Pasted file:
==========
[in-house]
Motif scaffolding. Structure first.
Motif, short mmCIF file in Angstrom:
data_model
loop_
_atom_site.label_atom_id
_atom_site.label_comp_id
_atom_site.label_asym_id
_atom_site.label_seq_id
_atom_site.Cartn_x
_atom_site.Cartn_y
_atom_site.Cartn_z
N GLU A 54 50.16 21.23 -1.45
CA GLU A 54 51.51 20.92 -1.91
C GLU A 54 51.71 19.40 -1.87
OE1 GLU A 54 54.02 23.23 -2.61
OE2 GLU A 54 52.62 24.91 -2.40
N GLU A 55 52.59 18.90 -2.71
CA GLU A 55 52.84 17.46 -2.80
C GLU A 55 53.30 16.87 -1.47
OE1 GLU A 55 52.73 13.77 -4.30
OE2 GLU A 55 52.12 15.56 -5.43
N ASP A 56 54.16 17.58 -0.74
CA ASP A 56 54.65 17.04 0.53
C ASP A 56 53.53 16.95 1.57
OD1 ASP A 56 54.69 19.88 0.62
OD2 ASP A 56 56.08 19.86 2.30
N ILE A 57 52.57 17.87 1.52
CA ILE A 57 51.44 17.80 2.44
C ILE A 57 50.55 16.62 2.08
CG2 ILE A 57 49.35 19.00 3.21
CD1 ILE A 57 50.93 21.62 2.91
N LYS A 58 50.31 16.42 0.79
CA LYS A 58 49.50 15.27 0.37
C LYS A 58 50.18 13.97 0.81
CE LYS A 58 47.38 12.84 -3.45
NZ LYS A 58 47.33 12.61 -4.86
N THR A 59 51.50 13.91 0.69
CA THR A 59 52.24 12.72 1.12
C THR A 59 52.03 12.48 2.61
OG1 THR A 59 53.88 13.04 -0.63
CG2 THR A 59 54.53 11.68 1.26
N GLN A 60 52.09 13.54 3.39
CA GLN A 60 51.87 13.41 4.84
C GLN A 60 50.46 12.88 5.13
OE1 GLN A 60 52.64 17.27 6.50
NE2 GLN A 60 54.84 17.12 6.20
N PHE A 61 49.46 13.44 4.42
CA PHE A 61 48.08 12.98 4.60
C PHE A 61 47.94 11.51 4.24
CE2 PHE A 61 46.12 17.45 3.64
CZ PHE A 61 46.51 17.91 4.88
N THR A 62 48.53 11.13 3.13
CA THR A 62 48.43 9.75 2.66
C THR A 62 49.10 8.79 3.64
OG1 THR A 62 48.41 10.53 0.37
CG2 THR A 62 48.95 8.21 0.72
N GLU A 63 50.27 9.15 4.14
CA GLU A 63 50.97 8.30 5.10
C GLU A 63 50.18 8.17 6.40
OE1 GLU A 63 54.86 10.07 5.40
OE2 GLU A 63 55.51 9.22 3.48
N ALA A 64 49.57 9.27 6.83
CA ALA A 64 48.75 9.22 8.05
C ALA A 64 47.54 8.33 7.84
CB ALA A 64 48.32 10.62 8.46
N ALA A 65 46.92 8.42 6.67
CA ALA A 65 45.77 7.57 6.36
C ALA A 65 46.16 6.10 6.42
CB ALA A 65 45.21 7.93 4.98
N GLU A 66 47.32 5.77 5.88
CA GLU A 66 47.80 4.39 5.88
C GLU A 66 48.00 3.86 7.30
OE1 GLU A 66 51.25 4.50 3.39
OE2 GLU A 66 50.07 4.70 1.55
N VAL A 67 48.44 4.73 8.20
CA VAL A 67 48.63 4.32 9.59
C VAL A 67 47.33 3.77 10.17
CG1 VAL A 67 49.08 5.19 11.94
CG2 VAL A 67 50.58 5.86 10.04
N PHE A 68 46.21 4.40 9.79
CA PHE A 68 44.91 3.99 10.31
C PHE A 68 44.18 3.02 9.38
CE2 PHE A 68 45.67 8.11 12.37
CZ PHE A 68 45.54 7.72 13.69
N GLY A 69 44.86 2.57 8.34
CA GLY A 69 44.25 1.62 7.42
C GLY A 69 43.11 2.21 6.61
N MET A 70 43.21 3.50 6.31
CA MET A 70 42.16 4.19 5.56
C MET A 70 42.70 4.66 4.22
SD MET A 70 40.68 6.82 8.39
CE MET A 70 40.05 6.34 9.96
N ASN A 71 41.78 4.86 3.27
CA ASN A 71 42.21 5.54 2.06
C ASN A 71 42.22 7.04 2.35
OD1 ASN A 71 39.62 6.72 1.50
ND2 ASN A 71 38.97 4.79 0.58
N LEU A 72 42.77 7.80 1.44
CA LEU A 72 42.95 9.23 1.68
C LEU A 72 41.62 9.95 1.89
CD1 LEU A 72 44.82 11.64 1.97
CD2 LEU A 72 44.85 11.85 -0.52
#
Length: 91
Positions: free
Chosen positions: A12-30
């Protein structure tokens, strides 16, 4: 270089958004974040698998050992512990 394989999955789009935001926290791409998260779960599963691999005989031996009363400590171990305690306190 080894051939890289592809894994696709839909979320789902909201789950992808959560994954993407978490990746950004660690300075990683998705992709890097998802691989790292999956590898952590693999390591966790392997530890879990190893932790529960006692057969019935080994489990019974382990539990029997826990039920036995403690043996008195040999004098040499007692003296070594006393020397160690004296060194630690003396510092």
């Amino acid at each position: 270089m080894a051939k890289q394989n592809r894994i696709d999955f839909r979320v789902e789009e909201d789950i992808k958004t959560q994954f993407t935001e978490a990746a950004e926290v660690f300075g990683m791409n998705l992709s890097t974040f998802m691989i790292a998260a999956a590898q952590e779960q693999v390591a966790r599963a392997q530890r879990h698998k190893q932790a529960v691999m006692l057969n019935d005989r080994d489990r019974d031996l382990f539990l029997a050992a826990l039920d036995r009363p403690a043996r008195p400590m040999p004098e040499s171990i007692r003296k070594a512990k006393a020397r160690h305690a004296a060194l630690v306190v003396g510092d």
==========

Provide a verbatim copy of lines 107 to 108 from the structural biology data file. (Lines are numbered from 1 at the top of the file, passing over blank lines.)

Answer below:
Chosen positions: A12-30
């Protein structure tokens, strides 16, 4: 270089958004974040698998050992512990 394989999955789009935001926290791409998260779960599963691999005989031996009363400590171990305690306190 080894051939890289592809894994696709839909979320789902909201789950992808959560994954993407978490990746950004660690300075990683998705992709890097998802691989790292999956590898952590693999390591966790392997530890879990190893932790529960006692057969019935080994489990019974382990539990029997826990039920036995403690043996008195040999004098040499007692003296070594006393020397160690004296060194630690003396510092």